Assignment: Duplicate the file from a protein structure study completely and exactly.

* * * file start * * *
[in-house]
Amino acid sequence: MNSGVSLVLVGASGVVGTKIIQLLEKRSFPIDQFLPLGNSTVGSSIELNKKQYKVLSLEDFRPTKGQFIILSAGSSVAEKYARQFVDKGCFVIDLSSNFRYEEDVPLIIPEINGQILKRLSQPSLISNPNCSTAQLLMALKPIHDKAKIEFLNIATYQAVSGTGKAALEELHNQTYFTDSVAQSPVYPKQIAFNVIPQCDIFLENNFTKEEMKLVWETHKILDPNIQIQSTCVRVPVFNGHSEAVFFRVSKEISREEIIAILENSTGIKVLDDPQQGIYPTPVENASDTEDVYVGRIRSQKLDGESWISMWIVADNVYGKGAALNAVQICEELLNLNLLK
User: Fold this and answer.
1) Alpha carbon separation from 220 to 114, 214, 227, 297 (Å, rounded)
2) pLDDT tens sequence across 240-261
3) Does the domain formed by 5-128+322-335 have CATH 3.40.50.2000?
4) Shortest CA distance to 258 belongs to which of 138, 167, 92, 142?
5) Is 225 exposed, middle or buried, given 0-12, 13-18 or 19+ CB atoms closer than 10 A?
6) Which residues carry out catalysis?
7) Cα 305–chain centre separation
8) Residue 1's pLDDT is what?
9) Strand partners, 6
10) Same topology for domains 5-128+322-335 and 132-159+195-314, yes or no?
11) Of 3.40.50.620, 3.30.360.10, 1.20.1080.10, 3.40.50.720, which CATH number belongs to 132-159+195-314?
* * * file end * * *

[in-house]
Amino acid sequence: MNSGVSLVLVGASGVVGTKIIQLLEKRSFPIDQFLPLGNSTVGSSIELNKKQYKVLSLEDFRPTKGQFIILSAGSSVAEKYARQFVDKGCFVIDLSSNFRYEEDVPLIIPEINGQILKRLSQPSLISNPNCSTAQLLMALKPIHDKAKIEFLNIATYQAVSGTGKAALEELHNQTYFTDSVAQSPVYPKQIAFNVIPQCDIFLENNFTKEEMKLVWETHKILDPNIQIQSTCVRVPVFNGHSEAVFFRVSKEISREEIIAILENSTGIKVLDDPQQGIYPTPVENASDTEDVYVGRIRSQKLDGESWISMWIVADNVYGKGAALNAVQICEELLNLNLLK
User: Fold this and answer.
1) Alpha carbon separation from 220 to 114, 214, 227, 297 (Å, rounded)
2) pLDDT tens sequence across 240-261
3) Does the domain formed by 5-128+322-335 have CATH 3.40.50.2000?
4) Shortest CA distance to 258 belongs to which of 138, 167, 92, 142?
5) Is 225 exposed, middle or buried, given 0-12, 13-18 or 19+ CB atoms closer than 10 A?
6) Which residues carry out catalysis?
7) Cα 305–chain centre separation
8) Residue 1's pLDDT is what?
9) Strand partners, 6
10) Same topology for domains 5-128+322-335 and 132-159+195-314, yes or no?
11) Of 3.40.50.620, 3.30.360.10, 1.20.1080.10, 3.40.50.720, which CATH number belongs to 132-159+195-314?